There is something deeply haunting about the 2017 Ghost in The Shell remake.
It frequently stumbles with an array of philosophical complexities which the original anime handled like a pro. This is a Hollywood remake just as much as it’s a live-action one. But it gets so much right. Most science-fiction devotees will tell you that the clearest sign of a worthy entry into the genre is if it successfully transports you to its setting. The other sign being it gets you critically thinking about the morality and ethics of scientific progress. On the first viewing, Ghost in The Shell (2017) is disappointingly formula-driven for all its jaw-dropping, visceral visual boldness. But it begs to be seen on a huge screen, because its Neo-Tokyo cinematic universe is relentless movie magic for 107 minutes.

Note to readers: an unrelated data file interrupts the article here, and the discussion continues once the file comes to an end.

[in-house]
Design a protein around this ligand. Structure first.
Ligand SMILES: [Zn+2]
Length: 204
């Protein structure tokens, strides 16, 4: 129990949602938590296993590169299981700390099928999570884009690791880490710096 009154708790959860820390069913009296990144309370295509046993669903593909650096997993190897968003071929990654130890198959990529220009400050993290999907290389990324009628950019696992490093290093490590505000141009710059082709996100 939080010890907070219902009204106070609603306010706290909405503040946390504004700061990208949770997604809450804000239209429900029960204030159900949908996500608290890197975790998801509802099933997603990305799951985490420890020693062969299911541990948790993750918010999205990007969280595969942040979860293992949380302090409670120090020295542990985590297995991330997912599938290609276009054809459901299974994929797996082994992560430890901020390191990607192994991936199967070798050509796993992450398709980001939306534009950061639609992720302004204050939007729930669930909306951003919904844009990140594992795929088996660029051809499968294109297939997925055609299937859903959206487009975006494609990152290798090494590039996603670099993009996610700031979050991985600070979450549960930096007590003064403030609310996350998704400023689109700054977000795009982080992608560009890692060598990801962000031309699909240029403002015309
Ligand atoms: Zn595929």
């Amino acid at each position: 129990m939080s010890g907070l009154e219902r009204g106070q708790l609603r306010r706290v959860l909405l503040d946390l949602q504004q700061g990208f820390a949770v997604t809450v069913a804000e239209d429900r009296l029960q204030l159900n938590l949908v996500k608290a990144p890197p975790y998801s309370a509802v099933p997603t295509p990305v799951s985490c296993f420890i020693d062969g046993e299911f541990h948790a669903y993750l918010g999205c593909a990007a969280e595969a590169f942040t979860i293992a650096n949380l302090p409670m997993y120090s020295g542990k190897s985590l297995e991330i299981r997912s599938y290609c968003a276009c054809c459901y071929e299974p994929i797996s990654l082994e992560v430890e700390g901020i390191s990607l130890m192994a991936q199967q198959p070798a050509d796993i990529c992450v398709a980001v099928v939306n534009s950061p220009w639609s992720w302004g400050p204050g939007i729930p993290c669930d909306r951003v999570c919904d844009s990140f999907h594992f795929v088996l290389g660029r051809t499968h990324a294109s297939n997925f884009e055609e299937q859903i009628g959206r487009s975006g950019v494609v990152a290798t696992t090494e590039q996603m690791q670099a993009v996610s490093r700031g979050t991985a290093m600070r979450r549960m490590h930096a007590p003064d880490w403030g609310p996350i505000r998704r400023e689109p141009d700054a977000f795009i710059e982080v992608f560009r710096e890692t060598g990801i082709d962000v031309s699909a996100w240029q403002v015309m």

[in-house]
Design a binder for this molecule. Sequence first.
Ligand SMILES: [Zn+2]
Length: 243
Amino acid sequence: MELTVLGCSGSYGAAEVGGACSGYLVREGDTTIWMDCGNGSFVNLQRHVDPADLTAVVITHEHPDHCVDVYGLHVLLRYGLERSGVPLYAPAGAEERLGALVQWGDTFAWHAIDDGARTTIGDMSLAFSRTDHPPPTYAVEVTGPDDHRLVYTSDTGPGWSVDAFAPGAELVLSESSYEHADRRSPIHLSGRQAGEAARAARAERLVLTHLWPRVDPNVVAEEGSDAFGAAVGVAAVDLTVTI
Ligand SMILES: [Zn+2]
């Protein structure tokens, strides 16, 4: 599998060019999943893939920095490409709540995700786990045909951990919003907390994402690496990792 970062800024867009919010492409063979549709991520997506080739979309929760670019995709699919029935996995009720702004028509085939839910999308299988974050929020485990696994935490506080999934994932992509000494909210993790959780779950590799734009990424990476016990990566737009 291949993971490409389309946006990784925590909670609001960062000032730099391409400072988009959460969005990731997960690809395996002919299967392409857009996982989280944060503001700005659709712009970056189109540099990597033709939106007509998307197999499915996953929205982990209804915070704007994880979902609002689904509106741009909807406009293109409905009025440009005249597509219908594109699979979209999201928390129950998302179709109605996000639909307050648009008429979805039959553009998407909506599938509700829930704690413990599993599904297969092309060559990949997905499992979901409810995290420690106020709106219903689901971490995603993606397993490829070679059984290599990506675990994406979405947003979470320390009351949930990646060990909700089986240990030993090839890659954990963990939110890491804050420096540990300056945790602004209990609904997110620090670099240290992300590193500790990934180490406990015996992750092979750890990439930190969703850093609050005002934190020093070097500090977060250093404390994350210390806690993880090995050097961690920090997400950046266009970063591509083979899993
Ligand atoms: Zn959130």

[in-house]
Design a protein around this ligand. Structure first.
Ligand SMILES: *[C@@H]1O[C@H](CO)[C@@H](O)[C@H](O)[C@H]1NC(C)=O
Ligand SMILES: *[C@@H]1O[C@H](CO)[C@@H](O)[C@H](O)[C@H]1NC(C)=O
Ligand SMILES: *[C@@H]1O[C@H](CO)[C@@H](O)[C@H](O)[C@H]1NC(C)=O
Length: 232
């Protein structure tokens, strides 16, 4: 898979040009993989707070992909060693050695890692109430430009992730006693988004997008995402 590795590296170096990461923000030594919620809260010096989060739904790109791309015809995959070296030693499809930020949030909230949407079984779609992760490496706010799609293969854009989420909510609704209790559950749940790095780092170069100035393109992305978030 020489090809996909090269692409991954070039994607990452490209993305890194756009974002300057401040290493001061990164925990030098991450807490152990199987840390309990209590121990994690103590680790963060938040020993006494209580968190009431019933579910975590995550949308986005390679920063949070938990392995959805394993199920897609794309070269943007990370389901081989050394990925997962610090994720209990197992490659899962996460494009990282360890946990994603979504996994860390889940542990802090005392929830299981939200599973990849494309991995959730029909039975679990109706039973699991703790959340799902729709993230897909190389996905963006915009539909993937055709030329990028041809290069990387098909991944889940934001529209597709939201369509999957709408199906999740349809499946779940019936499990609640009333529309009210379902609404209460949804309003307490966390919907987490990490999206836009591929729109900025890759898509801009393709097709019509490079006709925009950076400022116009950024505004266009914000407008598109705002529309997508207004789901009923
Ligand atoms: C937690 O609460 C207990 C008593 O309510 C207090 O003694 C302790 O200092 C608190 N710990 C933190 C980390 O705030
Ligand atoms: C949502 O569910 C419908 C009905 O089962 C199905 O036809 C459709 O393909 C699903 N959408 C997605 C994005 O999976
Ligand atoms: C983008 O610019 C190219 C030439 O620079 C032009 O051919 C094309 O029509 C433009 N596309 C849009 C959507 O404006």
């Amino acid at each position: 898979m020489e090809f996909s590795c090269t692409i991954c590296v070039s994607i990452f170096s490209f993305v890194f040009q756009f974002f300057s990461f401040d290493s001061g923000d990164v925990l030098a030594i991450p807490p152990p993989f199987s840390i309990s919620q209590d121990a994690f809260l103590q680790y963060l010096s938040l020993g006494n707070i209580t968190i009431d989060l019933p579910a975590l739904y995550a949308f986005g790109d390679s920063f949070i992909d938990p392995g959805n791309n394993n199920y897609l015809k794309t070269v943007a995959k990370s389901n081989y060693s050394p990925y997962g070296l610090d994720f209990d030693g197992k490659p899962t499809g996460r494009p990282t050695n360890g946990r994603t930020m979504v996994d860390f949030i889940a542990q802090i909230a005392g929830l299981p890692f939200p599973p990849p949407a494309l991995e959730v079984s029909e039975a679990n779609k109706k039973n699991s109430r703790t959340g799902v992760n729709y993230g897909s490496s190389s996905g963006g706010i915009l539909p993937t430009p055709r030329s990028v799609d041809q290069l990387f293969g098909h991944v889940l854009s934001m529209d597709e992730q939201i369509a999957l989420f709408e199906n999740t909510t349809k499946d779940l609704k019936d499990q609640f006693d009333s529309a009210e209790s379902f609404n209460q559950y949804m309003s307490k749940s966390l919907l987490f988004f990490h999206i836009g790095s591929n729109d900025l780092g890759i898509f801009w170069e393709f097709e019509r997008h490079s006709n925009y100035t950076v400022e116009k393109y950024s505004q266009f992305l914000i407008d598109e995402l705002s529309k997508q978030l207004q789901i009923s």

This version of the tale borrows a lot from Blade Runner. It borrows Blade Runner’s palette, and it borrows from the legendary Vangelis soundtrack. The audiovisual texture and flow of the film is somewhere between the obviously superior original manga/anime on one end and Nicolas Winding Refn’s 2011 fever-dream ‘Drive’ on the other.
Methinks that it has enough merit to warrant its existence. Please keep giving us more movies with female protagonists who fight against the assholes of the universe like goddesses.